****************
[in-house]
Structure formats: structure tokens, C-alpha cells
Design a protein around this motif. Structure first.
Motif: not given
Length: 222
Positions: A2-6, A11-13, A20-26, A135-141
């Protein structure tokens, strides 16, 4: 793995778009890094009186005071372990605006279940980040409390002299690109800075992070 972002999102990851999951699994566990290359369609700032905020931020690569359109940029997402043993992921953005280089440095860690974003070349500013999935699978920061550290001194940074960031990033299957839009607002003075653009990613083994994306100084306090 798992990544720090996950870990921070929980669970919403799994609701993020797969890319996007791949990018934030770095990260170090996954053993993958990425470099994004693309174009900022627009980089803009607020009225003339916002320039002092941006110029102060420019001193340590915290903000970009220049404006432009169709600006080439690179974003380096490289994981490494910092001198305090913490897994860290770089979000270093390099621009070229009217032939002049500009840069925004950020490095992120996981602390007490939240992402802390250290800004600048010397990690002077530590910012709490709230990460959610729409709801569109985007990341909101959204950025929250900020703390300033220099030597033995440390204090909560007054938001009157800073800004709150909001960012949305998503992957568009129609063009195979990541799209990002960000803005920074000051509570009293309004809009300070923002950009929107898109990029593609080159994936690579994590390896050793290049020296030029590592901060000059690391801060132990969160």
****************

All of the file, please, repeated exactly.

[in-house]
Structure formats: structure tokens, C-alpha cells
Design a protein around this motif. Structure first.
Motif: not given
Length: 222
Positions: A2-6, A11-13, A20-26, A135-141
């Protein structure tokens, strides 16, 4: 793995778009890094009186005071372990605006279940980040409390002299690109800075992070 972002999102990851999951699994566990290359369609700032905020931020690569359109940029997402043993992921953005280089440095860690974003070349500013999935699978920061550290001194940074960031990033299957839009607002003075653009990613083994994306100084306090 798992990544720090996950870990921070929980669970919403799994609701993020797969890319996007791949990018934030770095990260170090996954053993993958990425470099994004693309174009900022627009980089803009607020009225003339916002320039002092941006110029102060420019001193340590915290903000970009220049404006432009169709600006080439690179974003380096490289994981490494910092001198305090913490897994860290770089979000270093390099621009070229009217032939002049500009840069925004950020490095992120996981602390007490939240992402802390250290800004600048010397990690002077530590910012709490709230990460959610729409709801569109985007990341909101959204950025929250900020703390300033220099030597033995440390204090909560007054938001009157800073800004709150909001960012949305998503992957568009129609063009195979990541799209990002960000803005920074000051509570009293309004809009300070923002950009929107898109990029593609080159994936690579994590390896050793290049020296030029590592901060000059690391801060132990969160």